Finding Outstanding Businesses
Warren Buffett has developed a way of choosing companies that, in his view, are worthy places to put his money for many years. His way rests on a notion of great common sense: If the company itself is doing well and is managed by smart people, eventually its inherent value will be reflected in its stock price. Buffett thus devotes most of his attention not to tracking share price but to analyzing the economics of the underlying business and assessing its management. This process involves a set of investment principles of tenets, as discussed in a previous article.Buffett is a highly rational man. Probability theory, which comes to us from the field of mathematics, is one of the underlying concepts that make up the rationale for focus investing. The focus investor follows a methodical investment process that inevitably identifies good companies with a long history of superior performance and stable management, and this stability points toward a high probability that they will perform in the future as they have in the past. In Asia, many promising businesses are younger than in the US or European market, so a focus on intelligent capital allocation by management and the stability and predictability inherent in a particular industry are good substitutes for long track records.
Less Is More
Remember Buffett’s advice to a know-nothing investor, to stay with index funds? What is more interesting for WallStraits viewers I’m sure is what he says next: If you are a know-something investor, able to understand business economics and to find five to ten sensibly priced companies that possess important long-term competitive advantages, conventional diversification (broadly based active portfolios) makes no sense for you.What’s wrong with conventional diversification? For one thing, it greatly increases the chances that you will buy something you don’t know enough about. Know-something investors, applying the Buffett tenets, would do better to focus their attention on just a few companies: 5 to 10 (notice our WS 8 Portfolio targets this range). More important than the actual number of companies in your portfolio is understanding the principle behind it. Focus investing falls apart if it is applied to a large portfolio containing dozens of stocks.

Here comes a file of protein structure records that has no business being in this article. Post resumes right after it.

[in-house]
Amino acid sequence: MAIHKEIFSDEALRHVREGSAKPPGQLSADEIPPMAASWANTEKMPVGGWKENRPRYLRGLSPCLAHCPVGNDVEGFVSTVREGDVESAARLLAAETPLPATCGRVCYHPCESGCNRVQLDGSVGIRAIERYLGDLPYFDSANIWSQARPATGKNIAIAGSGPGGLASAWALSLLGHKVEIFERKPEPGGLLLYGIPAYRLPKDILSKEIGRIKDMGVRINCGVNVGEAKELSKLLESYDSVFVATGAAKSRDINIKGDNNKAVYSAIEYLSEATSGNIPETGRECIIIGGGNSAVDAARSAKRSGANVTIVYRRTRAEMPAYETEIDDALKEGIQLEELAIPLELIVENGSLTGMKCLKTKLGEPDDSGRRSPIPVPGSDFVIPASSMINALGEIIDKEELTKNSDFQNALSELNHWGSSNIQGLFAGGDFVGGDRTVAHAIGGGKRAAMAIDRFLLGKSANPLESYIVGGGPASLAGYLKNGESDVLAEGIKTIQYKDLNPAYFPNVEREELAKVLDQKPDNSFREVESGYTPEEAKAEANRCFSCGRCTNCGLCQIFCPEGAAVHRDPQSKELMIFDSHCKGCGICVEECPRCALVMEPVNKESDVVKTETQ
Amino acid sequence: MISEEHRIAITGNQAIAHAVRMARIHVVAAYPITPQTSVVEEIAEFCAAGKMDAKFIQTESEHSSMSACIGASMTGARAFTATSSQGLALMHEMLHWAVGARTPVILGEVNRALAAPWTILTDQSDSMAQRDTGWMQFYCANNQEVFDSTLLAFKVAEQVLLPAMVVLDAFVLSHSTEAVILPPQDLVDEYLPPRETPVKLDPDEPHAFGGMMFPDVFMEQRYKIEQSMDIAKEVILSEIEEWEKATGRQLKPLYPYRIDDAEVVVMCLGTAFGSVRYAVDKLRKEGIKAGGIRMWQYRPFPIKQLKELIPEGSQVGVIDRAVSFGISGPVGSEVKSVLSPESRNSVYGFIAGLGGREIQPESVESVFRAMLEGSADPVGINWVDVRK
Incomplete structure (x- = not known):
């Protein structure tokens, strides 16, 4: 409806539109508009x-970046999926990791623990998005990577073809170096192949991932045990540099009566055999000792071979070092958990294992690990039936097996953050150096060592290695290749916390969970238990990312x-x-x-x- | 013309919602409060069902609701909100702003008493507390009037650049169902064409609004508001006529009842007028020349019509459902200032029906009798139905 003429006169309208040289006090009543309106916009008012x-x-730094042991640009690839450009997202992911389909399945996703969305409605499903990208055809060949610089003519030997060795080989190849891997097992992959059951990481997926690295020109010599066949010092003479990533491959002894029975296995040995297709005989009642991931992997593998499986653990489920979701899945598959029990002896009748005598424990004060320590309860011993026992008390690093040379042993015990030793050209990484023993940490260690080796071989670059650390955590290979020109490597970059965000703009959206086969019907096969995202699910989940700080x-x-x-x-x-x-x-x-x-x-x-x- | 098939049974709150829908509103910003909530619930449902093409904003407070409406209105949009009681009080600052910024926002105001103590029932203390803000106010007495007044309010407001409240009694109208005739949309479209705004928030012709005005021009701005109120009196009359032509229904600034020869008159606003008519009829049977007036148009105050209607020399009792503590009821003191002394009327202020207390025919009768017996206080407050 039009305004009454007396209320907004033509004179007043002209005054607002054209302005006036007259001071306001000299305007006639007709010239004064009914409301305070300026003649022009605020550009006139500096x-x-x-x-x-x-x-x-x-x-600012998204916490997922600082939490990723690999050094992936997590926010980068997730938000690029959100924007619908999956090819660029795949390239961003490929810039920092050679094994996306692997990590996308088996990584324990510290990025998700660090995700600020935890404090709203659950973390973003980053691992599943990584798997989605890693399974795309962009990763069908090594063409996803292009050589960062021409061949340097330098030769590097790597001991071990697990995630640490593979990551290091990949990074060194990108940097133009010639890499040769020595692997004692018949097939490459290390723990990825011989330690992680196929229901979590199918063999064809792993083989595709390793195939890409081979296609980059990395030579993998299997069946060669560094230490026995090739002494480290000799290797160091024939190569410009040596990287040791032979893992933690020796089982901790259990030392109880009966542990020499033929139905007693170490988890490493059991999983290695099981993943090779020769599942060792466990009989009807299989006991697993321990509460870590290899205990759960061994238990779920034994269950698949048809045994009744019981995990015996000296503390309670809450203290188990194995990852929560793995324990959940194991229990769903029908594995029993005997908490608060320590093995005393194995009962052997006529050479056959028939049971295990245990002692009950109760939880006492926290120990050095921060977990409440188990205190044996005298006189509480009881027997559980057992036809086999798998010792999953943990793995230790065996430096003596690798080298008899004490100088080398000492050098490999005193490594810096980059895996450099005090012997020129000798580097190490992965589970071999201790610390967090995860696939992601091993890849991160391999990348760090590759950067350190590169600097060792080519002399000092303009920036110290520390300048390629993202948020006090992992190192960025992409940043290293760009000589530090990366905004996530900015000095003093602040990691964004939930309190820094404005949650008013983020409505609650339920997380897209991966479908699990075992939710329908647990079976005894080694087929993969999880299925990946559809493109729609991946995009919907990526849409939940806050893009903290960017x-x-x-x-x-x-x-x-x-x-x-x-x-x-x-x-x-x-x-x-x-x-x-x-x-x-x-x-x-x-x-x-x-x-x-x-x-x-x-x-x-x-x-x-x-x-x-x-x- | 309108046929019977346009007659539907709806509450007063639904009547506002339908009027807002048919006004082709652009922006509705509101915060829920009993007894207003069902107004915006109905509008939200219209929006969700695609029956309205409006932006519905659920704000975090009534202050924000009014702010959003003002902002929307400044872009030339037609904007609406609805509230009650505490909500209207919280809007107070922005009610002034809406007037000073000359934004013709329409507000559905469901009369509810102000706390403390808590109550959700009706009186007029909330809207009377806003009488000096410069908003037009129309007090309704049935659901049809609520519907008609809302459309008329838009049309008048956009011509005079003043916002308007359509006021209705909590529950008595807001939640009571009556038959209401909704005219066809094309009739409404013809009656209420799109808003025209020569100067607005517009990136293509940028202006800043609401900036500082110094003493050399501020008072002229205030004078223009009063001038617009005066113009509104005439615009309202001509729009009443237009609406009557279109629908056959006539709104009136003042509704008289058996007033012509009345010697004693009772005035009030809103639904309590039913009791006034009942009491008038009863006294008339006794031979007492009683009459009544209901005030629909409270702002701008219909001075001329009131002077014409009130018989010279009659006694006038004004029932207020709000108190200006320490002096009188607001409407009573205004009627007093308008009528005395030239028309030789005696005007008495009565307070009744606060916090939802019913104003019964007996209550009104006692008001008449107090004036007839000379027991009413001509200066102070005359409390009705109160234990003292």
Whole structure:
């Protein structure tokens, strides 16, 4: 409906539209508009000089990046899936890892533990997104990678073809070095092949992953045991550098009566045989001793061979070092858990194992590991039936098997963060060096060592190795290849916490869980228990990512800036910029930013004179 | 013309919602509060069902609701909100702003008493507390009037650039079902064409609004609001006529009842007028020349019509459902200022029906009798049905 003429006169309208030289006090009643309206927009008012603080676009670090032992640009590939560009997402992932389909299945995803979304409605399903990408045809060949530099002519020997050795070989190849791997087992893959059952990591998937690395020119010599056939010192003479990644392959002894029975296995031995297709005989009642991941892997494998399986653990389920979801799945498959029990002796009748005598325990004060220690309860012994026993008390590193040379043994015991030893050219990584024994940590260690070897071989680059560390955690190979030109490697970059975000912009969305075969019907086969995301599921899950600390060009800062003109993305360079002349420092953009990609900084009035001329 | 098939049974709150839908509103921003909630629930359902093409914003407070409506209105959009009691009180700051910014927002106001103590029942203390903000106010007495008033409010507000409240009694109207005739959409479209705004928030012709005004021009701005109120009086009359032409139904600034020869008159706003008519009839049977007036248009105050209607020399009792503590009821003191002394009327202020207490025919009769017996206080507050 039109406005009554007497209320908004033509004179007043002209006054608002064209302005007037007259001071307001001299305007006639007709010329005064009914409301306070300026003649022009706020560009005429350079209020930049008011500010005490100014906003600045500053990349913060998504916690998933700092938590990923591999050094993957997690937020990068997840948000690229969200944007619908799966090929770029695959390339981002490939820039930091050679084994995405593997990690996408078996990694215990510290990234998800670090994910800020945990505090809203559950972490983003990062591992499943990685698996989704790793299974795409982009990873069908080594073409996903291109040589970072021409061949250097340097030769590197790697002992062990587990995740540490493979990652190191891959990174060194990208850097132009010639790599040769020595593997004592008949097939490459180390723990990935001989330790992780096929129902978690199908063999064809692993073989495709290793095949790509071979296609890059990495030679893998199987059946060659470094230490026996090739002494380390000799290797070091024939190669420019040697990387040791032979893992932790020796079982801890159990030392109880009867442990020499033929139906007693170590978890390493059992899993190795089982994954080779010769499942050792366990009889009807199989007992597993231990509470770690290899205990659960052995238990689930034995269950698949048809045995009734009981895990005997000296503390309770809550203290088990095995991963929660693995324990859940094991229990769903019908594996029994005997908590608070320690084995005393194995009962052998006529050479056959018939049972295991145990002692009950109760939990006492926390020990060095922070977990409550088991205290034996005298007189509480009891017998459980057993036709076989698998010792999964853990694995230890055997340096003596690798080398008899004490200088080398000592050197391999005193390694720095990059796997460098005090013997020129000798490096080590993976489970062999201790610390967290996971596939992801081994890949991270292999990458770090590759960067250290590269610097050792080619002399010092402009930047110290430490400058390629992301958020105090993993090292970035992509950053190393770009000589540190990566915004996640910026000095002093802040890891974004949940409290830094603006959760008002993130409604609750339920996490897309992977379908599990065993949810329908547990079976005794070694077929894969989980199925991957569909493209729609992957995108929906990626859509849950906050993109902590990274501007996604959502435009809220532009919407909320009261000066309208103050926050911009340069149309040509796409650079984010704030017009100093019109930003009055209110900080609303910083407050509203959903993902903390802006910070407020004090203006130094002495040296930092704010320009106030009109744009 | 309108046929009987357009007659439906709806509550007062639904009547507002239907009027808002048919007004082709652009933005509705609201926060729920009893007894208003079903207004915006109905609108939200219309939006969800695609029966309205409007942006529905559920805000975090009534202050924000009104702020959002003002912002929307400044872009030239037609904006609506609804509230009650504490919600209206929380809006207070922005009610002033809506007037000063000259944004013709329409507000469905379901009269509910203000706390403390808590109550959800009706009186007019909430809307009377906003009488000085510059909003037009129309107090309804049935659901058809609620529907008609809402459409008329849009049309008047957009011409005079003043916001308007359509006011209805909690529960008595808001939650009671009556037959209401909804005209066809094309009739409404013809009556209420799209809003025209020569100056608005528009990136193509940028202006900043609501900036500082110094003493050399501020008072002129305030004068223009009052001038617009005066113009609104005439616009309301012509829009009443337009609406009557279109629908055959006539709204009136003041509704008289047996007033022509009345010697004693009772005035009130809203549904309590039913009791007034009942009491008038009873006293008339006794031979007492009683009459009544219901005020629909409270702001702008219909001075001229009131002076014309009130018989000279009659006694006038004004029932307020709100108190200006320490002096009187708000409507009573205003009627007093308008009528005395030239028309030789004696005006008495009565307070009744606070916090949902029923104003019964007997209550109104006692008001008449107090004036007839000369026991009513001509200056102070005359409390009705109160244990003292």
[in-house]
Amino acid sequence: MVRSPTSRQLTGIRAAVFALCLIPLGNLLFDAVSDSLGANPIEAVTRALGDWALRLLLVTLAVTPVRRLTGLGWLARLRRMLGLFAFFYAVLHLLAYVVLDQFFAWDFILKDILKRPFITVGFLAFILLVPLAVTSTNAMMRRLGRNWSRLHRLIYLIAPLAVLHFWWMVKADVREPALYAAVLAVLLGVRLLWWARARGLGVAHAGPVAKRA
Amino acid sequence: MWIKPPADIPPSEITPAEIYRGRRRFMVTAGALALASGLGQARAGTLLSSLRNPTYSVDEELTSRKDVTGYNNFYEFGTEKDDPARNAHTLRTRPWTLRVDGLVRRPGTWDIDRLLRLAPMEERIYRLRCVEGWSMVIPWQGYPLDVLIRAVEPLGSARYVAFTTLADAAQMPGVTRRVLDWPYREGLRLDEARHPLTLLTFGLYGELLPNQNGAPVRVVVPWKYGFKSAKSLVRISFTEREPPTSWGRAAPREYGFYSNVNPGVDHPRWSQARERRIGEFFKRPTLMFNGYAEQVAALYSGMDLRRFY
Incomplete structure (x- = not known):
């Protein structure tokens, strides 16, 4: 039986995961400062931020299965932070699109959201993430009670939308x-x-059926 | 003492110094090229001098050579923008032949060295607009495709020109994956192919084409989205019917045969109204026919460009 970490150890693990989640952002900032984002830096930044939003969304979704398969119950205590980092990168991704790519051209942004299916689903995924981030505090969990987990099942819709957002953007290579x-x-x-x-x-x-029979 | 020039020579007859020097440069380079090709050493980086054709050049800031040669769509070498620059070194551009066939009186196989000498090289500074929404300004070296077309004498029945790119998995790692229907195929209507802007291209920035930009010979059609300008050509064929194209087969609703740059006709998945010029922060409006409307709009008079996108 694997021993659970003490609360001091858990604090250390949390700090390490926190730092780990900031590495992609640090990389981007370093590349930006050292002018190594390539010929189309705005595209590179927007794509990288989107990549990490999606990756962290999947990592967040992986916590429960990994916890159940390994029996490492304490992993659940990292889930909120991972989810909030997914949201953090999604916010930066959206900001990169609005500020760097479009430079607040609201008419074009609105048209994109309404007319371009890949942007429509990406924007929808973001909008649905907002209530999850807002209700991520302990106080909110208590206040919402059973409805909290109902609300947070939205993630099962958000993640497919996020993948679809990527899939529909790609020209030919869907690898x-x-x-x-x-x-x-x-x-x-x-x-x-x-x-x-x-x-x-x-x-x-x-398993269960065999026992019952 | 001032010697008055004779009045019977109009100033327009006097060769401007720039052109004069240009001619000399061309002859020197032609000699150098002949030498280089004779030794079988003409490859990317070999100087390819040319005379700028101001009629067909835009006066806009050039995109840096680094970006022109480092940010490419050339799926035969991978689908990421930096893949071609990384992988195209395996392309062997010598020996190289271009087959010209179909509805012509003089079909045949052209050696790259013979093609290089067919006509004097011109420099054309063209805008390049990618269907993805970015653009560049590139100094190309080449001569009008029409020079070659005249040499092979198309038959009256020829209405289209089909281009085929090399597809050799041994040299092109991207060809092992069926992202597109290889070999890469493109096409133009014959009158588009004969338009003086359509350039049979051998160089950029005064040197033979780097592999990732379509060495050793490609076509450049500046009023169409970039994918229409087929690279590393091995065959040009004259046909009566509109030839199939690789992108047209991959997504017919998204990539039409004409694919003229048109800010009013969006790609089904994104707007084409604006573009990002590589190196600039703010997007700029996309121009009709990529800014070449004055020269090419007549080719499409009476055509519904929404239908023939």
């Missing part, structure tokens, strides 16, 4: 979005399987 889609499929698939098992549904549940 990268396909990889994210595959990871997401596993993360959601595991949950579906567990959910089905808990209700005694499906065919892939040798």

The Focus Investor’s Golden Rules
Concentrate your investments in outstanding companies run by strong management.Limit yourself to the number of companies you can truly understand. Ten is a good number; more than 20 is asking for trouble.Pick the very best of your good companies, and put the bulk of your investment there.
Think long-term: 5 to 10 years minimum.